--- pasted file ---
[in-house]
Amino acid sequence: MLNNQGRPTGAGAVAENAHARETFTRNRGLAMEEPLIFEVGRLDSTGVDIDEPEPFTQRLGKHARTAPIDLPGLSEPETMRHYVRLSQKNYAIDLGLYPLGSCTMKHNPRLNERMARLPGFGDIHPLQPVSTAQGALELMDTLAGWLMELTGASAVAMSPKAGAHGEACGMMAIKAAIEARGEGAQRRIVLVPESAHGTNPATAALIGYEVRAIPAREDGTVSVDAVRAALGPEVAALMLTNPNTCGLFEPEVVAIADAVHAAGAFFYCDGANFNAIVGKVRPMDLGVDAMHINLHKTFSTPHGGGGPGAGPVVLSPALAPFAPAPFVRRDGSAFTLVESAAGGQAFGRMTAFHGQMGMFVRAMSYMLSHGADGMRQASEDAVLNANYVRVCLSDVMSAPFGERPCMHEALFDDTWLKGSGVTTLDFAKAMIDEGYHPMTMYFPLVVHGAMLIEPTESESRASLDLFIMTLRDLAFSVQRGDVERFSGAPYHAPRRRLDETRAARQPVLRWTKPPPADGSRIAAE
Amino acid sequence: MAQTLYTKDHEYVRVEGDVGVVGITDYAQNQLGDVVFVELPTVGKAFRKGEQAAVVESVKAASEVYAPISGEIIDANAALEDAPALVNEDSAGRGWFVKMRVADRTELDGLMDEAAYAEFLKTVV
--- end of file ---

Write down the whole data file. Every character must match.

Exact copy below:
[in-house]
Amino acid sequence: MLNNQGRPTGAGAVAENAHARETFTRNRGLAMEEPLIFEVGRLDSTGVDIDEPEPFTQRLGKHARTAPIDLPGLSEPETMRHYVRLSQKNYAIDLGLYPLGSCTMKHNPRLNERMARLPGFGDIHPLQPVSTAQGALELMDTLAGWLMELTGASAVAMSPKAGAHGEACGMMAIKAAIEARGEGAQRRIVLVPESAHGTNPATAALIGYEVRAIPAREDGTVSVDAVRAALGPEVAALMLTNPNTCGLFEPEVVAIADAVHAAGAFFYCDGANFNAIVGKVRPMDLGVDAMHINLHKTFSTPHGGGGPGAGPVVLSPALAPFAPAPFVRRDGSAFTLVESAAGGQAFGRMTAFHGQMGMFVRAMSYMLSHGADGMRQASEDAVLNANYVRVCLSDVMSAPFGERPCMHEALFDDTWLKGSGVTTLDFAKAMIDEGYHPMTMYFPLVVHGAMLIEPTESESRASLDLFIMTLRDLAFSVQRGDVERFSGAPYHAPRRRLDETRAARQPVLRWTKPPPADGSRIAAE
Amino acid sequence: MAQTLYTKDHEYVRVEGDVGVVGITDYAQNQLGDVVFVELPTVGKAFRKGEQAAVVESVKAASEVYAPISGEIIDANAALEDAPALVNEDSAGRGWFVKMRVADRTELDGLMDEAAYAEFLKTVV